– goodguy5
    Nov 26, 2019 at 15:31
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It's against the rules

You're basically asking "Can my character fire lasers out of their eyes because it doesn't specifically say it is forbidden?", to which the answer is, of course, no. *

There are no rules that allow you to pick and choose features from other classes as feats, feats are not related to class features and you're entirely in homebrew territory once you allow it. Simply going "there is no rule that disallows it" is ridiculous, because there's also no rule that says you can't write down "kills everything in 1 hit" on your character sheet. The game functions by rules and states what CAN be done, it doesn't try to list the 9 million weird combinations of things that can't be done.

* Unless your DM houserules that you are now the X-man Cyclops, in which case, go nuts.

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I'm going to just go right out and say it: I don't like the wording of your question. I think it implies a bad precedent can have some dangerous (to game balance) implications.

"RAW is it against the rules to..." is not often followed by good intent. Not that I'm implying you have bad intent, merely an observed trend. The rules are both bounds for us to play within and also tools for us to enjoy the game through.

So, this answer is assuming best intent and that your question could/should be worded something to the effect of "Can I Use Feats to Increase AC without Using Armor?" or something similar.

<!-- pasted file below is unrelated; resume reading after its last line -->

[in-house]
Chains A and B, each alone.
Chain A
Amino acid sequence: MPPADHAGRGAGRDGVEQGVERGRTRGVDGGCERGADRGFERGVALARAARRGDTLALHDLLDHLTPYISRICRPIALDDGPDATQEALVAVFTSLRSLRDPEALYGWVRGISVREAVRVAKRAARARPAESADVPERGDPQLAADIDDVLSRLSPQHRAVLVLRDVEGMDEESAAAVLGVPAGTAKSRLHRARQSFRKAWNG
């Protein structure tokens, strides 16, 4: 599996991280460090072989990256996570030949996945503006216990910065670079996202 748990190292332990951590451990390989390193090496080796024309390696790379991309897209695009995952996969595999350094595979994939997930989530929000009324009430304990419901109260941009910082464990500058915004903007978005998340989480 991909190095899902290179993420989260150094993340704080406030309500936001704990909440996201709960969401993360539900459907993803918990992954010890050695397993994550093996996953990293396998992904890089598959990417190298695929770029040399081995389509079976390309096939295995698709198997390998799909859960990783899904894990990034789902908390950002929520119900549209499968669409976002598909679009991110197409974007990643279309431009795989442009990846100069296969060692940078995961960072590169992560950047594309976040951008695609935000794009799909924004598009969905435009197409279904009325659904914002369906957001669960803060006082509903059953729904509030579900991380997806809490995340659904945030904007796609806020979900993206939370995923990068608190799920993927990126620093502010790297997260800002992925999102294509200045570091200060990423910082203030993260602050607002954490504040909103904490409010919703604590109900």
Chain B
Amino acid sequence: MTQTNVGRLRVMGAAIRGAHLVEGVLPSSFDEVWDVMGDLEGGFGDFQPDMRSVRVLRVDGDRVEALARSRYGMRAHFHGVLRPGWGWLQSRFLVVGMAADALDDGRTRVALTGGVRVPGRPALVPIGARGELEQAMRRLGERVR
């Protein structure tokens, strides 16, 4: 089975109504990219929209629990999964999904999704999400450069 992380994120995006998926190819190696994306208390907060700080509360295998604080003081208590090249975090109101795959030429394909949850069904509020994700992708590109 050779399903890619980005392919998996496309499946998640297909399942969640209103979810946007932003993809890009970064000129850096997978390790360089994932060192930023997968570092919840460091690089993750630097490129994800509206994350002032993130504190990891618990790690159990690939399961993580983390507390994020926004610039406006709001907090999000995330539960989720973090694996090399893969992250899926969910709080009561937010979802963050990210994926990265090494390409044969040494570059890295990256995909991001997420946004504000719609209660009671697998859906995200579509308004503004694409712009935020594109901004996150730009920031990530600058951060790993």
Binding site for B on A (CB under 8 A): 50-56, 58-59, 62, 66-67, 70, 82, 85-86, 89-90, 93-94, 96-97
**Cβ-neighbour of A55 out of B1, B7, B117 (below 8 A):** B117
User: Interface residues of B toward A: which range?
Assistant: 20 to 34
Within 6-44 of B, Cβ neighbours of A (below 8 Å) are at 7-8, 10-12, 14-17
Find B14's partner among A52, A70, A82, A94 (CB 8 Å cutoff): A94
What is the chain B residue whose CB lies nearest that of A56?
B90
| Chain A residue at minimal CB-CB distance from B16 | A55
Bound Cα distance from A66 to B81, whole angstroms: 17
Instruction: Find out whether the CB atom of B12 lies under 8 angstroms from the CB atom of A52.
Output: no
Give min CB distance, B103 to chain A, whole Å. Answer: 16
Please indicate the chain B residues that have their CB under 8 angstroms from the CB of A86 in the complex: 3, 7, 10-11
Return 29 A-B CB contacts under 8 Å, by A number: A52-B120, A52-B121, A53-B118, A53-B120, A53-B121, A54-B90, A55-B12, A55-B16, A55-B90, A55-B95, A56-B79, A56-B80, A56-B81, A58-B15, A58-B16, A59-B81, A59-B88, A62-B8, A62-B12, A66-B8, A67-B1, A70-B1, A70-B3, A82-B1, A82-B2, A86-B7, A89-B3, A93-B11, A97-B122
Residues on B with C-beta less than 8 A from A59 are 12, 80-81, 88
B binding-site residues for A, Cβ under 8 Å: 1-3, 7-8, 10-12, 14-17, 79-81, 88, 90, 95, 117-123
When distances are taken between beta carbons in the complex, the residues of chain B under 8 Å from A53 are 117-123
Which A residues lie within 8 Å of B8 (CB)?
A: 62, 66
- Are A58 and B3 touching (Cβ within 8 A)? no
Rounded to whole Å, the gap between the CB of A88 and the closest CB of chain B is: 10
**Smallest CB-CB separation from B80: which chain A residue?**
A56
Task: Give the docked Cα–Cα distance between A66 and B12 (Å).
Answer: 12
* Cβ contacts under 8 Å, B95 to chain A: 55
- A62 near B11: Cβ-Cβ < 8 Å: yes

Minor RAW answer

Magic Initiate can be used to gain 1/LR Mage Armor, which sets the target's AC equal to 13+Dexterity Modifier, as well as two cantrips! If that doesn't work for you and your game, then....

You're in homebrew territory

And that's fine. It may even be good; I love homebrew (but no IPAs). Have a discussion with your DM about your goals and visions.

As I talk about in this answer about a homebrew feat, you want to make sure that any new features follow a few rules:

  1. Does this step on the toes of another player?
    • Don't make the party's Barbarian or Monk feel less special because your character doesn't like armor.
  2. Is this overpowered and always going to get picked?
  3. Is this fun / does it add anything?
  4. Does this detract anything from the game?

In my own anecdotal observation, I feel that feats that are analogous to class features are less powerful (about half as powerful), such as Magic Initiate (half as good as a first-level sorcerer) or Martial Adept (less than half as good as Battle Master's Combat Superiority). With that in mind, you and your DM may decide that something like Unarmored Defense is the right direction, but too strong and may opt for a weaker version; perhaps 8+Dexterity+Wisdom, or for it to cap out at some value.

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That's what multiclassing is for

Unlike getting a feat, in order to get a class feature you must have an appropriate level of the appropriate class. Some features are quite powerful and require a lot of levels (like cleric's Divine Intervention), some are accessible from the 1st level.

The Unarmored Defense feature is a cheap(-ish) one — you have to take only 1 level as a Monk the next time you level up. For more details see the PHB chapter 6 "Multiclassing".

Multiclassing for a caster is never really "cheap". Getting one less level of cleric and the spells related to that to pick up monk just for the AC is most likely a pretty poor tradeoff (thanks @Theik for this catch).